Want to Implement Agile? Cut Through the Red Tape First
Disruption has become almost routine in today’s marketplace, and this almost constant state of transition is a challenge for many organizations. You must now be able to quickly respond to market demands in order to compete, which requires agility.
However, trying to be agile in an established, non-agile organization is a big challenge. Untangling a system of interlocking departments that all have certain ways of working (not to mention their own cultures) is probably one of the hardest things you’ll do when trying to position yourself as a more agile organization.
Why You Should Get Rid of the Red Tape
In the past, departments created processes and procedures to ensure predictable outcomes. You knew what to expect, which meant the least amount of risk.
But 100 percent control will lead to 0 percent innovation and agility. In the new digital landscape, this type of bureaucracy is simply too slow.
To be agile, you need to be able to deliver end-to-end business value in short cycles. The best way to do this is by having self-organized, autonomous teams work toward a customer-centric goal in order to deliver this value.
Picture this: You’re responsible for getting an ambitious new product to market, but it’s uncertain what functionality your customers are waiting for.
So you want to start off testing a few assumptions that can ultimately help you build a minimum viable product. However, before you can start, you must get written approval from legal, compliance, finance, risk management, architecture, etc. They demand more paperwork such as a detailed risk analysis and project start architecture.
These departments running antiquated procedures have limited time, and it takes days, if not weeks, to check the input of your work. A few steering committees have to give approval before you can make any progress.
It’s pretty obvious these procedures aren’t remotely close to being compatible with agile. One end of the corporation wants to deliver business value faster, while the other end uses traditional control procedures to resist and slow down these changes.
The constant starting and stopping of the process reminds me of a clever poster that says, “I tried to be innovative once, but I got stuck in meetings.” When managing several agile initiatives within large corporations, I know it’s often not enough to bring these challenges to the CIO and CMO. Only the CEO is able to set things in motion to change the system.
If you want to become a 21st-century organization, you’ll need to reconsider how staff departments work — even the departments necessary for “building the thing right” must change the way they operate to become more agile.
So how exactly do you break down established organizational barriers to implement agility in your corporation?
- Listen to your teams.First, as an executive, take stock of which people in the organization perform tasks that actually add value to customers. From there, ask those employees which procedures could use fixing and what they need in order to be more impactful. Agile won’t solve your problems, but it will make them visible.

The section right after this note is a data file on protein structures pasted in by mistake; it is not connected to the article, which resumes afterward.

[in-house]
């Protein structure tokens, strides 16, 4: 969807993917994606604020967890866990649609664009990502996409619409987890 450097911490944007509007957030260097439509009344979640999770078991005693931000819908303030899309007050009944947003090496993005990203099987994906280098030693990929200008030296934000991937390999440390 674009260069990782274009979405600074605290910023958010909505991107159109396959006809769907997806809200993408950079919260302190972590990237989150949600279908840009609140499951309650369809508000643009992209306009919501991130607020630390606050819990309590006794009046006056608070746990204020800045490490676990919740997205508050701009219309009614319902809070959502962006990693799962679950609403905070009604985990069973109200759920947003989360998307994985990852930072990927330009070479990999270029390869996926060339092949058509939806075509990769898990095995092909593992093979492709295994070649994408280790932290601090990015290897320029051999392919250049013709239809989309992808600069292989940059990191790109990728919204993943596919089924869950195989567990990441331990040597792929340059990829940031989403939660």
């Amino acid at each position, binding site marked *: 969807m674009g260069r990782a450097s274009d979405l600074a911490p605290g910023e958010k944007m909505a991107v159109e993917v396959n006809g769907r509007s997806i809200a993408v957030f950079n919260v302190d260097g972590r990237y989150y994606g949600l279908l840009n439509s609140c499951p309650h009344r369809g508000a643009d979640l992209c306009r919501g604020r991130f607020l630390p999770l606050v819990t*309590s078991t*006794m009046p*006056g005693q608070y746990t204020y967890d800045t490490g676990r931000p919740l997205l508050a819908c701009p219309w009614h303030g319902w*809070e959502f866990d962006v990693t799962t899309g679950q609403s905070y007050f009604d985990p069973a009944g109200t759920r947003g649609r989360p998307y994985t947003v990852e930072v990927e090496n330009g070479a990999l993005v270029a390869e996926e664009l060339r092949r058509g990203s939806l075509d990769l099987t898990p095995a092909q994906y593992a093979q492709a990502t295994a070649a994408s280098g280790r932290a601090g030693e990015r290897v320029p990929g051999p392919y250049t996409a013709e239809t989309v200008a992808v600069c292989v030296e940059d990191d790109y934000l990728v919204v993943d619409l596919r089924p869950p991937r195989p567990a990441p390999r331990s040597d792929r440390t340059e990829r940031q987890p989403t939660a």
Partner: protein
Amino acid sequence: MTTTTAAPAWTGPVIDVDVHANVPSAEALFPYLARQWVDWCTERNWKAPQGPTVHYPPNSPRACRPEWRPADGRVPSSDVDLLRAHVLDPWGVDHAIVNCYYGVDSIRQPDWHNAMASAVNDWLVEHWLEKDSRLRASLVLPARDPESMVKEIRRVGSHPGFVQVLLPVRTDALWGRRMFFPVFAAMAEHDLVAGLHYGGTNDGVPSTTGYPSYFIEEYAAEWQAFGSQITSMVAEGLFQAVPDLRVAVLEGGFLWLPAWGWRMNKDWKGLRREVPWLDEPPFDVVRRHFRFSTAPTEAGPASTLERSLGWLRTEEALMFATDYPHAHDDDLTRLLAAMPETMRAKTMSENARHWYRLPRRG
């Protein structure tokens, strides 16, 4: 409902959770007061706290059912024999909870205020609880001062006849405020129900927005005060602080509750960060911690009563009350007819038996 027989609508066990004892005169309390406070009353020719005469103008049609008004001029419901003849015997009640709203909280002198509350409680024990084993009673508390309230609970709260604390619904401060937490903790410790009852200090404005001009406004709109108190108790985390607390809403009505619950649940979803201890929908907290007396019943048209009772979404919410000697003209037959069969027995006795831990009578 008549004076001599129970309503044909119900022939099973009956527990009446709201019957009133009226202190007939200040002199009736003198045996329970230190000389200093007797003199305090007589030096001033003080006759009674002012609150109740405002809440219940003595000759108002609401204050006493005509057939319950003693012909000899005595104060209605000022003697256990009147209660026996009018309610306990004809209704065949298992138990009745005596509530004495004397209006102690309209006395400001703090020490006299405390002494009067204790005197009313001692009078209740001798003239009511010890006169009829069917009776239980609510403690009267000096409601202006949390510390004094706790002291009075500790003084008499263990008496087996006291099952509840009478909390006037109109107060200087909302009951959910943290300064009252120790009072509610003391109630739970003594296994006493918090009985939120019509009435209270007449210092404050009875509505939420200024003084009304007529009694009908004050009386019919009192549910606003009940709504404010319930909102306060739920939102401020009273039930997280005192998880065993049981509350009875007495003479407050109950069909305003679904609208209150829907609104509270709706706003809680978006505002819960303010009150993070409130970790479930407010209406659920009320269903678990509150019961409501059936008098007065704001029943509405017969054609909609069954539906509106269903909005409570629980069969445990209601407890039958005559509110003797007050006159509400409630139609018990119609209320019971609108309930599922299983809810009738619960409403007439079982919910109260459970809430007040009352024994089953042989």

- Rethink your procedures.Go back to the original reasons why the control departments exist, and rethink their practices and procedures. Can they operate in smarter, more agile ways and think from a team perspective?
- Eliminate or automate unnecessary procedures. If the process is extraneous, get rid of it or decrease its scope so it isn’t used as often. Procedure becomes so entrenched that organizations often forget to eliminate the unnecessary ones.
Remember that agile is actually a great way to reduce risks in projects and eliminate the need for a thick, documented process that controls risk. If a check is still necessary, figure out whether the check can be automated so teams aren’t slowed down by manual approvals.
- Let them assist instead of approve. Once those department processes have been streamlined, position them to speed up previously time-consuming steps. Instead of going the usual route of document approval, the staff departments should provide teams with the proper knowledge and tools.
Explain why these regulations are needed and how to oversee them. Doing this lets teams come to the right decision themselves without the need for a manual or bureaucratic staff department checks. In the end, every person wants to be successful, and being compliant is a part of that.
Giving employees the power and knowledge to approve checks will significantly increase the speed in which you reach your initiatives. But this requires the staff departments to stop seeing themselves as so important and start seeing the team members as customers who need to be happy when using the process.
I often hear, “It can’t be done here because we’re a large enterprise,” but agile startups like Google and Facebook have become multibillion-dollar money machines operating just like this. The above practices empower their teams to be innovative and agile while remaining compliant and preventing major financial risks.
Becoming agile calls for institutional transformation. You can’t just focus on one or two departments. For a company to become truly agile, you must work toward changing old organizational habits, procedures, and even the culture.
If your agile transformation encounters some organizational red tape, work toward cutting through it. Otherwise, your teams will continue to run into walls, and you will not gain the benefits of truly being agile.